The LGA said the Government’s first CSR in more than a decade must provide sustainable and certain long-term funding to councils, bring power and resources closer to people and finally begin cross-party work to provide a sustainable, long-term funding solution for adult social care services.
It comes as councils continue to demonstrate their vital role as local leaders by working tirelessly to protect the most vulnerable, support businesses and continue to deliver vital services as we enter the next phase of this pandemic.
The LGA’s detailed and ambitious submission to the Treasury shows how with the right powers, sustainable funding, and enhanced flexibilities councils can continue this vital work and ensure our communities are able to prosper in the future.
Many councils were in a difficult financial position before the pandemic hit after a decade of central government funding reductions. They will continue to face spiralling demand pressures on day-to-day services – some pre-existing and others made more significant by the impact of COVID-19 – amid substantial income losses, such as from local taxation, fees and charges.
The Government has provided some much-needed support, but significant challenges remain. It is vital that the Government addresses in full the financial challenges facing councils as a result of COVID-19, including all lost income and local tax losses.
The LGA has used its submission to set out the need for the Chancellor to use the CSR to provide an additional £10.1 billion per year in core funding to councils in England by 2023/24. This is made up of:
- a funding gap facing councils in England of £5.3 billionby 2023/24. This is just to maintain services at today’s level. This gap, which could double due to the uncertainty resulting from the continued impact of COVID-19, assumes annual 2 per cent council tax increases and inflation-linked growth in grants.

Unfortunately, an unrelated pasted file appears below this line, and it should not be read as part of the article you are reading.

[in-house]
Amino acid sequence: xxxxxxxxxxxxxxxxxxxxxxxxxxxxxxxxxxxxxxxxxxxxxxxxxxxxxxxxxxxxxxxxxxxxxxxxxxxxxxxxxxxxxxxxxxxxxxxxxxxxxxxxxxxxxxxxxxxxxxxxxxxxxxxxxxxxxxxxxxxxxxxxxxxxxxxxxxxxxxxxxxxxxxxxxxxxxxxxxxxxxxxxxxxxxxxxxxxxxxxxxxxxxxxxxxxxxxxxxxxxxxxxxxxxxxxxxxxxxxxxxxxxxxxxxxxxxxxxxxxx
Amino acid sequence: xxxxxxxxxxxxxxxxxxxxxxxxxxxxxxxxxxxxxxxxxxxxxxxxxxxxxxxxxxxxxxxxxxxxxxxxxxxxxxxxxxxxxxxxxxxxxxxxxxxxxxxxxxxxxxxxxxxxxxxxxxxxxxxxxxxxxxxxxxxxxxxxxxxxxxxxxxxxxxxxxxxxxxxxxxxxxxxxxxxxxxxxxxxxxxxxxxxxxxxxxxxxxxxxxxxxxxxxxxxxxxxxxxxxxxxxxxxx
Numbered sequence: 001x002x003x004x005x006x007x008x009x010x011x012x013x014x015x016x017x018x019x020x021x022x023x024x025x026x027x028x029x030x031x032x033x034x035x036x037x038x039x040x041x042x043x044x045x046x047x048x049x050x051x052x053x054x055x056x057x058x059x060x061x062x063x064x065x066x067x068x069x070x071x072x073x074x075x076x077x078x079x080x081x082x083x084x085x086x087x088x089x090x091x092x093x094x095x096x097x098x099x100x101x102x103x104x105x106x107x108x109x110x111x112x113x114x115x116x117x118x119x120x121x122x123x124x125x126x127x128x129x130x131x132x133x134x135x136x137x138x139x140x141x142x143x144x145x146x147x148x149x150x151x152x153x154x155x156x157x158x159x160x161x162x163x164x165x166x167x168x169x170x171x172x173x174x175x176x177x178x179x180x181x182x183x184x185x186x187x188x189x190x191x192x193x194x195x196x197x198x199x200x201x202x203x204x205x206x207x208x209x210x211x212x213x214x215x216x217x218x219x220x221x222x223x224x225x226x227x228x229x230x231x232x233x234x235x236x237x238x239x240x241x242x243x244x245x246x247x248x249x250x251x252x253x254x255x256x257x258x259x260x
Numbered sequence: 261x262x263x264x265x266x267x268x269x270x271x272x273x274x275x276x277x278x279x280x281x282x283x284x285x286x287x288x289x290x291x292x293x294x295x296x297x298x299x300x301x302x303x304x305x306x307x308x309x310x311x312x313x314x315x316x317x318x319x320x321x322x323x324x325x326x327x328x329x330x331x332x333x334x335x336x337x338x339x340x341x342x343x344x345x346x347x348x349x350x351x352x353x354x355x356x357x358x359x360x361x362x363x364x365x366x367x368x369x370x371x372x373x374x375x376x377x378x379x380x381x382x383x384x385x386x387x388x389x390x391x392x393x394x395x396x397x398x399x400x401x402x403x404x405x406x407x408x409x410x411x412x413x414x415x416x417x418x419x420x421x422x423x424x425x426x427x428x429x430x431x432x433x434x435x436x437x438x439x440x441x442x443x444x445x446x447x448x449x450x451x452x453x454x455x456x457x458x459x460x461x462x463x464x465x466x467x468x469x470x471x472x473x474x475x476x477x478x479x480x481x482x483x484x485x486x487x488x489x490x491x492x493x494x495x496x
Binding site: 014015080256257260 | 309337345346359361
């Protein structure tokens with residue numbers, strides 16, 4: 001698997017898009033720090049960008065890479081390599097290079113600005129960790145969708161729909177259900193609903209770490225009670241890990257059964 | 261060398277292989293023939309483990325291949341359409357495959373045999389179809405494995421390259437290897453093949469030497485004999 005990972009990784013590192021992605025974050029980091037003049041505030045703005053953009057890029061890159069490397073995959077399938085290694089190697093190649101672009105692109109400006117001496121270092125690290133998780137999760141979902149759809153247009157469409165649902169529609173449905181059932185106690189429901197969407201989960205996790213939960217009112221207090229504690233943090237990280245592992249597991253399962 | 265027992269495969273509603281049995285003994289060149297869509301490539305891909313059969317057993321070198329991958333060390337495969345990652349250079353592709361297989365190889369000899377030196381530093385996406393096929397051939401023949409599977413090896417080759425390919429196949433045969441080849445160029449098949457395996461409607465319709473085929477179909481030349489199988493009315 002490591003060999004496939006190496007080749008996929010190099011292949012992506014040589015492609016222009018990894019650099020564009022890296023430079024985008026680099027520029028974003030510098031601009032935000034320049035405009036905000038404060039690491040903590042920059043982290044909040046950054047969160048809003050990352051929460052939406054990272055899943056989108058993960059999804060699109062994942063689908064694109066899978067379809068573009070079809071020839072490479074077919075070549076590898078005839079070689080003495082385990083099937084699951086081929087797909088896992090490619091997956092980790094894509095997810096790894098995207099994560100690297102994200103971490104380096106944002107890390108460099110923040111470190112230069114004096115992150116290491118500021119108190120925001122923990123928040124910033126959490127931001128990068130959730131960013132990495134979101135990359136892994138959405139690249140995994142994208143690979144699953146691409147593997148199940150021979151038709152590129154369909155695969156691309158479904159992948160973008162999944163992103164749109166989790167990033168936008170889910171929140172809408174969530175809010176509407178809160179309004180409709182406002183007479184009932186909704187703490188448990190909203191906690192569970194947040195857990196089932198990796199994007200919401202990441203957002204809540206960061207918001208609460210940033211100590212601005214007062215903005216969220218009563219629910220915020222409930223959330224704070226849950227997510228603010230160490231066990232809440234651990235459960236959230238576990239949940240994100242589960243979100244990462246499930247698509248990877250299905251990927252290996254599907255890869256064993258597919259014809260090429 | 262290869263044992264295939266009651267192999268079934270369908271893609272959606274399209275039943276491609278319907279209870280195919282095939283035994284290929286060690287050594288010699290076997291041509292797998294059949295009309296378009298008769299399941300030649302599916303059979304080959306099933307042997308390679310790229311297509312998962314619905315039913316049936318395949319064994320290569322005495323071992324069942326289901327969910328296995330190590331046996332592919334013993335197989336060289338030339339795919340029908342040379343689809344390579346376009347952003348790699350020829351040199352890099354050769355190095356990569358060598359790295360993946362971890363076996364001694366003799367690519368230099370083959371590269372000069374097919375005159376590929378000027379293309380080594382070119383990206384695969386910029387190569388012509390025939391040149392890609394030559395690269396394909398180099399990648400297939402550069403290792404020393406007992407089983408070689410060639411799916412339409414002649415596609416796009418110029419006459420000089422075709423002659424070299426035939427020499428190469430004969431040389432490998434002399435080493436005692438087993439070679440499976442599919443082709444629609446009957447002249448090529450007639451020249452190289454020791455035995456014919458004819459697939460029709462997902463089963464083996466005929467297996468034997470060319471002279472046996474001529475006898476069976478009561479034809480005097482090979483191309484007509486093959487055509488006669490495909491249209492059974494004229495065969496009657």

- £1.9 billion for services struggling under increased demand. For example, in children’s social care and homelessness services where councils have had to overspend on budgets in recent years to try and cope.
- However, councils are ambitious to go beyond just managing the current challenging state of local finances and services and need to be able to play a leading role in helping communities recover and rebuild after the pandemic. The LGA’s submission sets out how a further £2.9 billion could be used by councils to help improve services and reduce inequalities. This includes investment in early intervention and prevention, reforming adult social care pay, boosting connectivity, improving parks and green spaces and more.
Councils stand ready to provide local solutions to the national challenges we face. For this to happen, the Government needs to use the CSR to radially re-think public spending in a way that is fit for the future and empowers councils to deliver on the ambition for our communities that central and local government share.
A three-year CSR also presents an opportunity to move away from councils only being able to set short-term budgets. The LGA is urging the Government to also commit to a three-year local government finance settlement this year to cover general grant funding, specific funding such as the public health grant and council tax flexibilities. This needs to be accompanied by a four-year settlement for consolidated capital investment to match the Chancellor’s timeframe for investment.
Cllr James Jamieson, LGA Chairman, said:
“The pandemic has shone a light on the highly valued services councils provide – including public health, adult social care, children’s services, homelessness support, and help for those in financial hardship.
“Councils are focused on supporting communities through this crisis and beyond as we look to rebuild our economy, get people back to work and level up inequalities. That is why the first Comprehensive Spending Review in more than a decade will shape the direction of this country for years to come.
“Securing the immediate and long-term sustainability of local services must be the top priority.
“The ambition of councils goes way beyond just maintaining services the way they are today. We want to create new hope in our communities. With the right funding and freedoms, councils can improve the lives of their residents, address the stark inequalities the pandemic has exposed, develop a green recovery, address skills gaps and rebuild the economy so that it benefits everyone.”